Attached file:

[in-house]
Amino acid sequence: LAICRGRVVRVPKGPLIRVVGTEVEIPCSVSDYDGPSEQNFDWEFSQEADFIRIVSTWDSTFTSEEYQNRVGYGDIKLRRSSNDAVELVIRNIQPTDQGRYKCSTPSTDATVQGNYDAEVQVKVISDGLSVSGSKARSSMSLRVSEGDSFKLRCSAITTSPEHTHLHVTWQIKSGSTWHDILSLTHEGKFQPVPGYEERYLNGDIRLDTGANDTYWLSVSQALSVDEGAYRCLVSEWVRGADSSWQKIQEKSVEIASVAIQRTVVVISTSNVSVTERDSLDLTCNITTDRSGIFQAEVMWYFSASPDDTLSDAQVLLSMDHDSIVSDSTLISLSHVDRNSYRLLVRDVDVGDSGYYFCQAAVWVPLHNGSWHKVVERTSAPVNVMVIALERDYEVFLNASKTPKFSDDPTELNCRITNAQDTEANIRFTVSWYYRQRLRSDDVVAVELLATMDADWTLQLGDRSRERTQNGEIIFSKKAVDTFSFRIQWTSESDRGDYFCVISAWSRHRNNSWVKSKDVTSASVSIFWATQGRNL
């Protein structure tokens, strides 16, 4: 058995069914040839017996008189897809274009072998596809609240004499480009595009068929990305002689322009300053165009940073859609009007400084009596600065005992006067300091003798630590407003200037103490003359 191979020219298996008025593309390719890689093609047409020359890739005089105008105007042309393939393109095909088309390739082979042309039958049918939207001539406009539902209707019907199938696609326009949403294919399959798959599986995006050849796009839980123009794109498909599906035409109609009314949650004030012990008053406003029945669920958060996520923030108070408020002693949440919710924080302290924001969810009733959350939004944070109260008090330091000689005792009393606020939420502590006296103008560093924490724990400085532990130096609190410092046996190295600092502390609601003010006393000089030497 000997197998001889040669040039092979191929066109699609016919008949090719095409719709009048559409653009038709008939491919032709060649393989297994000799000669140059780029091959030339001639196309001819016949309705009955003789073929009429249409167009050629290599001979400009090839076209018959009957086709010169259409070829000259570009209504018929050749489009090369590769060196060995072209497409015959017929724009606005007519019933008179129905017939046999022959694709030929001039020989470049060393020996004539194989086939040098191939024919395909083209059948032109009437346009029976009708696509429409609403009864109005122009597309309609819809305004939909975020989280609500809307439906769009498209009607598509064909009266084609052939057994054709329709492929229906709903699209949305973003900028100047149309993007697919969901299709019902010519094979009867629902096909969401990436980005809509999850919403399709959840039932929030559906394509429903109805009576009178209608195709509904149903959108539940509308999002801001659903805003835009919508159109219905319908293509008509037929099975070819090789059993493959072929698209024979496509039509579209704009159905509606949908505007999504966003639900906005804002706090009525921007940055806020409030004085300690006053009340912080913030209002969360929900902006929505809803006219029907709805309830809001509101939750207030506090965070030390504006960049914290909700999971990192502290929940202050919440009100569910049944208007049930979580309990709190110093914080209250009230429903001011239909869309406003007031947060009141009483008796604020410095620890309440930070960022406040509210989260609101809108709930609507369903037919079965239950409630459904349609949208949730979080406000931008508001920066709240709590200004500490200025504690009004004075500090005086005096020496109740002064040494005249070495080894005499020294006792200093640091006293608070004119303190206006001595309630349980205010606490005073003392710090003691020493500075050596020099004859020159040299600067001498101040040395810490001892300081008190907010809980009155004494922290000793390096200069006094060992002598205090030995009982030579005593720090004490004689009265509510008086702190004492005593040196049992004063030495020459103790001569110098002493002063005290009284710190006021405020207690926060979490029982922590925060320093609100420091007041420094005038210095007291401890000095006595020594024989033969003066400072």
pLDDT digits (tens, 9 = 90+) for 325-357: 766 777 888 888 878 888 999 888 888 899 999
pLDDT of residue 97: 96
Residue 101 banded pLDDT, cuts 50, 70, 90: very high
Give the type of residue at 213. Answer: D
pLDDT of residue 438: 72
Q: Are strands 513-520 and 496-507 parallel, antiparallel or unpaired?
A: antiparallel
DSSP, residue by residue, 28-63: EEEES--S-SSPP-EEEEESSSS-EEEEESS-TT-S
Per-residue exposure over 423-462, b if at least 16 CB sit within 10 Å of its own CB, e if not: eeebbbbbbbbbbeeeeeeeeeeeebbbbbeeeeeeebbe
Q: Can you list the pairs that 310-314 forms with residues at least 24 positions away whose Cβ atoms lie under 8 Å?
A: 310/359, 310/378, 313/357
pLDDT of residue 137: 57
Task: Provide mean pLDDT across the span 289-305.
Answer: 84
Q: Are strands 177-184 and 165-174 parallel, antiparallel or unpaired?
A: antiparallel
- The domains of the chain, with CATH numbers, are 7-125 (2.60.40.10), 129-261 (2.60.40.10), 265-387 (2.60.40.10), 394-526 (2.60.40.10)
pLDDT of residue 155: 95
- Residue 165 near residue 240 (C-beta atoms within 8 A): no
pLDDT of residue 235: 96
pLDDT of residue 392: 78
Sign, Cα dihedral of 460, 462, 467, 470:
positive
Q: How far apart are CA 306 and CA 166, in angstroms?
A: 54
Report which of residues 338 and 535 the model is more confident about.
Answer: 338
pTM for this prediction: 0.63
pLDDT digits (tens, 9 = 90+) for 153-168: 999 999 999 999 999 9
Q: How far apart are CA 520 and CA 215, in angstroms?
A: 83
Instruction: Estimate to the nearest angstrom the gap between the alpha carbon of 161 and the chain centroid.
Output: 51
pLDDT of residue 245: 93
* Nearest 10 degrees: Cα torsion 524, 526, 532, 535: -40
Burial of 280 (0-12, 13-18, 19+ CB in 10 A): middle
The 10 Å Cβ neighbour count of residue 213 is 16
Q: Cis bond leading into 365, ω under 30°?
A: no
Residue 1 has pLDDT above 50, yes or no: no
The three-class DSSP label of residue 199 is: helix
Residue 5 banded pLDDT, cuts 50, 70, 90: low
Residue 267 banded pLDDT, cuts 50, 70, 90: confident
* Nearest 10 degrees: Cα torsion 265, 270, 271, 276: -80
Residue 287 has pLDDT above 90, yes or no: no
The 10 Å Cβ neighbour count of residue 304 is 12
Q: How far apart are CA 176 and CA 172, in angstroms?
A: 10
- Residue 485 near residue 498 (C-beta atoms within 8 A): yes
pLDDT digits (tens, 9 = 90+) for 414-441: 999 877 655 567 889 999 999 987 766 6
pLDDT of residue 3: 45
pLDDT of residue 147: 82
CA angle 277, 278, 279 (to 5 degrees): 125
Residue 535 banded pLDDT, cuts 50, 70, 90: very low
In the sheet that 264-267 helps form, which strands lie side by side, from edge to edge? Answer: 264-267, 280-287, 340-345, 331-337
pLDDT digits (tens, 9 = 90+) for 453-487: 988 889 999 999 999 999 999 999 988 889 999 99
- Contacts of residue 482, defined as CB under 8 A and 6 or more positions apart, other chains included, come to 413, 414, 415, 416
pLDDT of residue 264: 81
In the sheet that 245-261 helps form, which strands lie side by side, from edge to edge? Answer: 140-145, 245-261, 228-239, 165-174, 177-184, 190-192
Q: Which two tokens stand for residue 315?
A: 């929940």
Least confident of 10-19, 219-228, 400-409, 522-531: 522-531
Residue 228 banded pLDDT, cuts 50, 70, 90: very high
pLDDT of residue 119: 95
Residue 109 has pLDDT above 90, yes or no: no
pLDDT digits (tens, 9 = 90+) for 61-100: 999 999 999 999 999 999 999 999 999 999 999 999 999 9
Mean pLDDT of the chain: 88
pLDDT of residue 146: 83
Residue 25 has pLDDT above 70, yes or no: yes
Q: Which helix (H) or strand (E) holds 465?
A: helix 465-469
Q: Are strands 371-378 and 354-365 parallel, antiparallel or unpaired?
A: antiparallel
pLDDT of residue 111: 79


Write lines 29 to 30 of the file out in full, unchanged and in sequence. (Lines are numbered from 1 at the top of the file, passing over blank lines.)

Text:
Report which of residues 338 and 535 the model is more confident about.
Answer: 338